The second era of social media is in the hands of Parag Agrawal
Jack Dorsey is no longer the Chief Executive Officer of Twitter. The announcement of the resignation came from the person directly concerned, obviously through a tweet. The founder of the microblogging site said that his successor will be Parag Agrawal, 37, Chief Technology Officer of the company from 2018, after being hired seven years earlier as an engineer. “Not sure anyone has heard but, I resigned from Twitter,” reads Dorsey’s tweet, accompanied by the lengthy email message he sent to Twitter employees to explain his decision.
“After almost 16 years of having a role at our company I decided it’s finally time for me to leave,” Dorsey writes. “Why? There’s a lot of talk about the importance of a company being ‘founder-led’. Ultimately, I believe that is severely limiting and a point of failure. I have worked hard to ensure that this company can break away from its founding and founders.”
At the top of the list of motivations that convinced the founder (along with Noah Glass, Biz Stone and Evan Williams) to break away from his creature is the security of leaving Twitter in good hands. “The board ran a rigorous process considering all options and unanimously appointed Parag,” he writes. “He was my choice for some time given how deeply he understands the company and its needs. Parag has been behind every critical decision that has allowed the company to turn around. He is curious, probing, rational, creative, demanding, self-aware, and humble. He leads with heart and soul, and is someone I learn something from every day. My trust in him as our CEO is bone deep.”
An ideal transition that satisfies everyone, therefore, so much so that Dorsey himself will remain on the Board of Directors until May 2022 to flank and support the new CEO. At the end of his mandate, he will leave the Board. “I believe it is really important to give Parag the space he needs to lead.” Dorsey added a final comment about the nature of the choice: “I want you to know that this was my decision. It was a tough decision, obviously, I love this service and this company, and all of you. I’m very sad, but also very happy. There are not many companies that get to this level. And there are not many founders that choose their company over their own ego. I know we will prove that this was the right move.” And again, the last major wish: “My wish is for Twitter Inc to be the most transparent company in the world.”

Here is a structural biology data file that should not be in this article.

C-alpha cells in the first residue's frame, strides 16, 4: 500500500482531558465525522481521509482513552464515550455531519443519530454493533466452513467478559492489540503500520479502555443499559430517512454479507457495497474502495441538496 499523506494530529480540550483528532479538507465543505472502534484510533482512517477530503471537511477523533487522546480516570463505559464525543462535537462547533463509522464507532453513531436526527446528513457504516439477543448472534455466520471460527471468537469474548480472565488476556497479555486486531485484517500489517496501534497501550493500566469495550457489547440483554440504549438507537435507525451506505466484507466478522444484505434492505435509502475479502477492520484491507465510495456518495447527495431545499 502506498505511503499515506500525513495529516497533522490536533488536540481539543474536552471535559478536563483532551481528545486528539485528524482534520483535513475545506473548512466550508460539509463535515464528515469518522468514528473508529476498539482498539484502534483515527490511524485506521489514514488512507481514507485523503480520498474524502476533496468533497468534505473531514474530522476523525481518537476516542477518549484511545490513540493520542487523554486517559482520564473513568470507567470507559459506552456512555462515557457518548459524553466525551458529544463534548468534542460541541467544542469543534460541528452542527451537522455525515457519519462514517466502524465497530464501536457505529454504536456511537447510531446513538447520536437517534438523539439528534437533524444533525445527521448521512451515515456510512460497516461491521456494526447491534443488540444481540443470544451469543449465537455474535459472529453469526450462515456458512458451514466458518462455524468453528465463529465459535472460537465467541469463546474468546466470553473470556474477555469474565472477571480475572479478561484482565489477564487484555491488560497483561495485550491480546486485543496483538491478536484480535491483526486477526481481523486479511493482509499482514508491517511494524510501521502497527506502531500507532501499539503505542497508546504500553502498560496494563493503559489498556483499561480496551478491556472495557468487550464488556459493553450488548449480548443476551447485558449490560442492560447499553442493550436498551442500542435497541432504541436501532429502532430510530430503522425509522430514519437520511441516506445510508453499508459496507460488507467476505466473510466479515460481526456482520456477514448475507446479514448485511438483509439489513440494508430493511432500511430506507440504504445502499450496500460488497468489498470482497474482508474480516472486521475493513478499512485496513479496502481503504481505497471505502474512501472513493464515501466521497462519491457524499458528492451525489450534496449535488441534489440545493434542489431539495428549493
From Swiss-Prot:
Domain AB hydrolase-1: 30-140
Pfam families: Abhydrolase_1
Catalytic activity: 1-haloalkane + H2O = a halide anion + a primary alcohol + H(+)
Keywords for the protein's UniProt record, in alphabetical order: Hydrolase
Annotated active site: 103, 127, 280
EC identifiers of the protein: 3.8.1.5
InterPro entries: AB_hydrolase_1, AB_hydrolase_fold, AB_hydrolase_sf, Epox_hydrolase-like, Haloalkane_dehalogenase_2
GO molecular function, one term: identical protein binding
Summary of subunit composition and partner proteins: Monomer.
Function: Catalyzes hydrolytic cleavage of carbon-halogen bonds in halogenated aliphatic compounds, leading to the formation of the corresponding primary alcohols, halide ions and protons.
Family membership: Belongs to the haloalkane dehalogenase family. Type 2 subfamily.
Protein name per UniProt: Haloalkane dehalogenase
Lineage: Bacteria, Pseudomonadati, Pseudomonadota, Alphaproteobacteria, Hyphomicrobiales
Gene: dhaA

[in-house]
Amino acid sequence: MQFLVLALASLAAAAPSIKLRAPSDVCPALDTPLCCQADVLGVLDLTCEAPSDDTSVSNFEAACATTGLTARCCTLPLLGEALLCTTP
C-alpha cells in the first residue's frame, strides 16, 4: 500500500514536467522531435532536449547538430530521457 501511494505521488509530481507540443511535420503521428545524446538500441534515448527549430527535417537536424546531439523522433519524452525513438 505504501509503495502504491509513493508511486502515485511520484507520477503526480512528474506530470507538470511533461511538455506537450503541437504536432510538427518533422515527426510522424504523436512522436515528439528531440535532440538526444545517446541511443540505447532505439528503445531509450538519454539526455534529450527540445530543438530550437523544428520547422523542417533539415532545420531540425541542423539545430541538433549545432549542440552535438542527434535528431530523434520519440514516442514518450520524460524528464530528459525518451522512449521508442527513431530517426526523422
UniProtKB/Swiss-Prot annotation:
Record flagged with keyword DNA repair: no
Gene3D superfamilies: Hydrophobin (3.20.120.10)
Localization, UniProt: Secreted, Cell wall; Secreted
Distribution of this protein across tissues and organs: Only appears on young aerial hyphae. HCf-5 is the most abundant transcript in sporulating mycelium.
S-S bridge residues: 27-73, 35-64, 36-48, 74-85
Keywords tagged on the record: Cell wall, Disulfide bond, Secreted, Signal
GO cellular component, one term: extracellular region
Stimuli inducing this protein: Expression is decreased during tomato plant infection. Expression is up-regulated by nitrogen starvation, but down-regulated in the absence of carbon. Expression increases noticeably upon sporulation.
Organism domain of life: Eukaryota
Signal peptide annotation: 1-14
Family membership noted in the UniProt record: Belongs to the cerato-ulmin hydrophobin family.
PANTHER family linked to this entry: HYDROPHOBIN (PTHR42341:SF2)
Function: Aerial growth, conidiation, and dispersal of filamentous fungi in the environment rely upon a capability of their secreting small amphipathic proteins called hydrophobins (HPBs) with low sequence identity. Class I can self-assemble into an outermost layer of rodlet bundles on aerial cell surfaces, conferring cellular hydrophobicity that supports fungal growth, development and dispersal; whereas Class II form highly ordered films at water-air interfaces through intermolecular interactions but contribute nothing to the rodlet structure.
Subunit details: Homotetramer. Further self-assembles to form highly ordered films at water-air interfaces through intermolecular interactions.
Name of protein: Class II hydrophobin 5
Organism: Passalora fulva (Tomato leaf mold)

Already in office, the new CEO is ready to take the baton from Dorsey, aware of the ambitious goals set by the partners at the beginning of the year: to reach 315 million monetizable daily active users by 2023 and to double the annual revenues within two years. Parag Agrawal’s first words, again via email relayed on Twitter ,are dedicated to his former boss and inspiration: “I am grateful for the service you have provided. The culture, soul and purpose you gave to all of us, and for leading this company through significant challenges. I am grateful for the trust you are placing in me and for your continued alliance.” He then sends an invitation to the entire team: “The world is watching us, even more than before, let’s show them the potential of Twitter.”
As for Dorsey, 45, a fascinating character who loves fasting and gave up his degree a few months before the finish line to pursue the passion for computer science that in March 2006 materialized in the first tweet in history (in recent months sold as NFT for $2.9 million on the occasion of the 15th anniversary), the exit from the scene is not a surprise. The resignation comes after a long tug of war with Paul Singer, founder of Elliott Management, the investment company that is one of the major shareholders of Twitter. To create friction was the commitment made by Dorsey in Square, a company of financial services and online payments for mobile devices, founded by the same father of Twitter in 2009 (when he did not work for Twitter).
The growth of Square, which in 2020 had a turnover of $9.5 billion, in the eyes of the shareholders stole time that Dorsey should have dedicated to Twitter, struggling with many innovations (the transition of messages from the original 140 characters to 280 characters is one of the most significant, but in recent months there have been many experiments attempted on the social media) and yet unable to make the expected leap forward in terms of revenue and ability to attract advertisers to sponsor tweets, hashtags and accounts.
Beyond the clashes with investors, however, no one can deny the importance Dorsey played in getting the company back on the waterline when he was recalled to the command post in 2015 to remedy the problems that arose under Dick Costolo’s leadership. Despite layoffs, departures of prominent figures and formal and substantive changes at Twitter, under Dorsey’s second tenure the microblogging site has made a comeback despite lacking the coveted exploit in numbers. Besides Square, it is likely that in Dorsey’s near future there are two other great passions of his, namely NFT and Bitcoin. Innovative businesses with great potential, especially in the US market, which Jack Dorsey will face serenely thanks to his wealth of $11.8 billion.